Breaking from parental support is a matter of many factors more than age and civil status. Our laws recognize the age of majority as the beginning of emancipation. But such age is quite off from reality as it still is within the schooling age level. The empirical legislative determination of such age is very evident from such law. It does not coincide with related laws regarding school-going age and the minimum age for professionals. Children are required to be seven years of age to start schooling at grade one. If the child will pursue schooling continuously until college that would make the child a college graduate by about twenty-one on a four-year course or at twenty-two if one takes a five-year course.
The graduate has still to spend another year in review for licensure examinations and countless years more to find a gainful employment. In some cases where the person pursues education in accelerated mode and graduates from college years earlier, he would be halted to stagnation until the age of twenty-one when he can qualify to become a licensed professional. This brings us to the age of twenty-one as the mean age for a leap into professional life. But such age is not in any way equivalent to the real and actual age when the person finally practices his profession by employment for such is too remote and unrelated from any age level.
Quite surprisingly, the same law allows people to enter into marriage at the age of emancipation. As discussed above, that still is within the school-going age level when the person is too far from becoming a professional and still much farther having gainful employment. Although the age of emancipation and that of marriage are the same and way above the age of reproduction, the same does not afford emancipation in the real sense. In most cases, the person who enters into marriage by mere age qualification is still dependent from parental support.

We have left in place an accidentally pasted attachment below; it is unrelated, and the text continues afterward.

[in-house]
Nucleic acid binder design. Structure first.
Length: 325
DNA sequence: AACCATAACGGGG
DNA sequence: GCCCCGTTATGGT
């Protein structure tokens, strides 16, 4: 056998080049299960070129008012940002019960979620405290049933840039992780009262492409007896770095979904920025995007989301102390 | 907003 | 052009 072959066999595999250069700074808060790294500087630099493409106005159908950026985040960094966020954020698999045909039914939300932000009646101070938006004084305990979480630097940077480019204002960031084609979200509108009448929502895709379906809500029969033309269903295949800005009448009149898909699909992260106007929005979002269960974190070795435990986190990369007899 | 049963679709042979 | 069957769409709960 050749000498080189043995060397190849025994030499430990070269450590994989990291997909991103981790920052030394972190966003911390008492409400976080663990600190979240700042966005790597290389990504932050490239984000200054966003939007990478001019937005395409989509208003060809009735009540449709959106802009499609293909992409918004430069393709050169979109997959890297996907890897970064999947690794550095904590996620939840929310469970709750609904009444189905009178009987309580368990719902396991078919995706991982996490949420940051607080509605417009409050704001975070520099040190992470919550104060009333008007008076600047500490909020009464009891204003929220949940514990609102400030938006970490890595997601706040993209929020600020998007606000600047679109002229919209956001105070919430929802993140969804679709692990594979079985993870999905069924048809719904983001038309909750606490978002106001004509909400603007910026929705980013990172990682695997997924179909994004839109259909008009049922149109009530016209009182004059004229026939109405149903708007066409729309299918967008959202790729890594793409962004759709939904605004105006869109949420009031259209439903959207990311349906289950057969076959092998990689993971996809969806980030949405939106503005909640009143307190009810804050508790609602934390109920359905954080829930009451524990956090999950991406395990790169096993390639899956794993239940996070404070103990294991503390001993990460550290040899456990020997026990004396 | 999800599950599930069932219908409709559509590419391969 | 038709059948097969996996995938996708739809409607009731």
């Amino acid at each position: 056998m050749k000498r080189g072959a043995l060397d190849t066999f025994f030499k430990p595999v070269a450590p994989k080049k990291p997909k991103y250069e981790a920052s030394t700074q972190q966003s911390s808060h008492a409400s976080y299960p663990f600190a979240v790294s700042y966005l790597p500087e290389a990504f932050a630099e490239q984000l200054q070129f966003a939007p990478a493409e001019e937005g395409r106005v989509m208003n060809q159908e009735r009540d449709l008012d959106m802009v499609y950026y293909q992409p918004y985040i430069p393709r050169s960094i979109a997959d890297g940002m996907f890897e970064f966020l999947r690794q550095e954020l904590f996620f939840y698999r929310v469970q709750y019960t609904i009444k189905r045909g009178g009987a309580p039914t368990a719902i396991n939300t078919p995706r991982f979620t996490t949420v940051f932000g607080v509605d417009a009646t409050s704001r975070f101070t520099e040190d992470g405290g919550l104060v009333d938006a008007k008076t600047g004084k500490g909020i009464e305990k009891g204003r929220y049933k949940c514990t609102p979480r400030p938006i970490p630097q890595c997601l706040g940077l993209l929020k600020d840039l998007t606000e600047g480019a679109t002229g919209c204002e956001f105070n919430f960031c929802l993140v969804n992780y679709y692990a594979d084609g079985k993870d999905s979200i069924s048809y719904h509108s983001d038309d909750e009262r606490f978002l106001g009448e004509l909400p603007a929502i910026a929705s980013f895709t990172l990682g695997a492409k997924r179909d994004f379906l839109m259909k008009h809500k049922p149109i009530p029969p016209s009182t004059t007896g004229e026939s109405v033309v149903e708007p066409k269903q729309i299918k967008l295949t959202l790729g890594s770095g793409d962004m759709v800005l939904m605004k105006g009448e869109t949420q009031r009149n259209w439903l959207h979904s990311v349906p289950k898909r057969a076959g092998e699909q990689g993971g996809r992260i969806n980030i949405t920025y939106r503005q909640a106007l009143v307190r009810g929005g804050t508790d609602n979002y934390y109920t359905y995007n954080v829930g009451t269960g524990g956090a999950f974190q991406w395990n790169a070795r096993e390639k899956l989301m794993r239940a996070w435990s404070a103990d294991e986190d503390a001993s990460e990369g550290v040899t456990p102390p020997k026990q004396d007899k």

But there are those who, even if married, still opt to stay with parents. The decision to stay is not much because of dependence on parents but to live with and give care to aging parents. While to some extent children still share in the graces for living with parents, such is just natural as both parties share in the obligation to support each other. Emancipated, grown up and financially independent children who choose to live with parents do so not much to benefit from parental graces but to provide support and intimate care only kin could offer.
Under our social setup, it is not uncommon for children and even down to grandchildren live with parents, often due to dependence caused by the late real emancipation discussed at the outset. But there are those who stay with parents for good, not out of dependence from parents but to give genuine love, support and care for aging parents who at times even ask their children to stay and live with them. This is a great sacrifice on the part of children who heed the plea of their aging parents instead of being free to find greener pasture and better fortune away from home. In such cases, emancipation could not be measured on a person’s choice to stay and live with parents for such decision may in reality be an act of love to serve as genuine caregivers to aging parents.
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